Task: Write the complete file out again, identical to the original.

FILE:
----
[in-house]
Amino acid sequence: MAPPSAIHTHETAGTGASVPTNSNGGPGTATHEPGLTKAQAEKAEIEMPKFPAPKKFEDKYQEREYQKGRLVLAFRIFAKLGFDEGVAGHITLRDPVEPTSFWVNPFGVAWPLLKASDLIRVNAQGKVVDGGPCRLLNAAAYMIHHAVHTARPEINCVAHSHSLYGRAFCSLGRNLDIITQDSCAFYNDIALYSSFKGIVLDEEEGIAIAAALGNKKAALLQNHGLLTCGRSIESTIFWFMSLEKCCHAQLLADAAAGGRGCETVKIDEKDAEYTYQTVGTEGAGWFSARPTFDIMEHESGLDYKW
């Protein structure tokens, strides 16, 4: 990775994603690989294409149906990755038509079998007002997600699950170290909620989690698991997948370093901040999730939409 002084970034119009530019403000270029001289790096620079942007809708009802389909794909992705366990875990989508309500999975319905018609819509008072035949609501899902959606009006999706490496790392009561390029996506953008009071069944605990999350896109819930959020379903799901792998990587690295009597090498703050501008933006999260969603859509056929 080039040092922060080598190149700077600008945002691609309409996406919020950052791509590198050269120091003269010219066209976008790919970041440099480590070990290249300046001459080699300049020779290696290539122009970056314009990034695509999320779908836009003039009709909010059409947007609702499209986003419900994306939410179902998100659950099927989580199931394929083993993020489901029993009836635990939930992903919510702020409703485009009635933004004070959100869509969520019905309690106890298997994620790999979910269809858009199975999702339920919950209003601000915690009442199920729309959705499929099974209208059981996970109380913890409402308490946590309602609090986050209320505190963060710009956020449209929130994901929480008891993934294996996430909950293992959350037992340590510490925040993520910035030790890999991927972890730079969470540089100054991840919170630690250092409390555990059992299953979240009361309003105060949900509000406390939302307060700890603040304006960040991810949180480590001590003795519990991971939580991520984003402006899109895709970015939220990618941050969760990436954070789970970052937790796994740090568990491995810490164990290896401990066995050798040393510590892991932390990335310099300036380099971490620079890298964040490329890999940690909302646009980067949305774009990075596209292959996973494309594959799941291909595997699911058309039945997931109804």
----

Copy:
[in-house]
Amino acid sequence: MAPPSAIHTHETAGTGASVPTNSNGGPGTATHEPGLTKAQAEKAEIEMPKFPAPKKFEDKYQEREYQKGRLVLAFRIFAKLGFDEGVAGHITLRDPVEPTSFWVNPFGVAWPLLKASDLIRVNAQGKVVDGGPCRLLNAAAYMIHHAVHTARPEINCVAHSHSLYGRAFCSLGRNLDIITQDSCAFYNDIALYSSFKGIVLDEEEGIAIAAALGNKKAALLQNHGLLTCGRSIESTIFWFMSLEKCCHAQLLADAAAGGRGCETVKIDEKDAEYTYQTVGTEGAGWFSARPTFDIMEHESGLDYKW
């Protein structure tokens, strides 16, 4: 990775994603690989294409149906990755038509079998007002997600699950170290909620989690698991997948370093901040999730939409 002084970034119009530019403000270029001289790096620079942007809708009802389909794909992705366990875990989508309500999975319905018609819509008072035949609501899902959606009006999706490496790392009561390029996506953008009071069944605990999350896109819930959020379903799901792998990587690295009597090498703050501008933006999260969603859509056929 080039040092922060080598190149700077600008945002691609309409996406919020950052791509590198050269120091003269010219066209976008790919970041440099480590070990290249300046001459080699300049020779290696290539122009970056314009990034695509999320779908836009003039009709909010059409947007609702499209986003419900994306939410179902998100659950099927989580199931394929083993993020489901029993009836635990939930992903919510702020409703485009009635933004004070959100869509969520019905309690106890298997994620790999979910269809858009199975999702339920919950209003601000915690009442199920729309959705499929099974209208059981996970109380913890409402308490946590309602609090986050209320505190963060710009956020449209929130994901929480008891993934294996996430909950293992959350037992340590510490925040993520910035030790890999991927972890730079969470540089100054991840919170630690250092409390555990059992299953979240009361309003105060949900509000406390939302307060700890603040304006960040991810949180480590001590003795519990991971939580991520984003402006899109895709970015939220990618941050969760990436954070789970970052937790796994740090568990491995810490164990290896401990066995050798040393510590892991932390990335310099300036380099971490620079890298964040490329890999940690909302646009980067949305774009990075596209292959996973494309594959799941291909595997699911058309039945997931109804």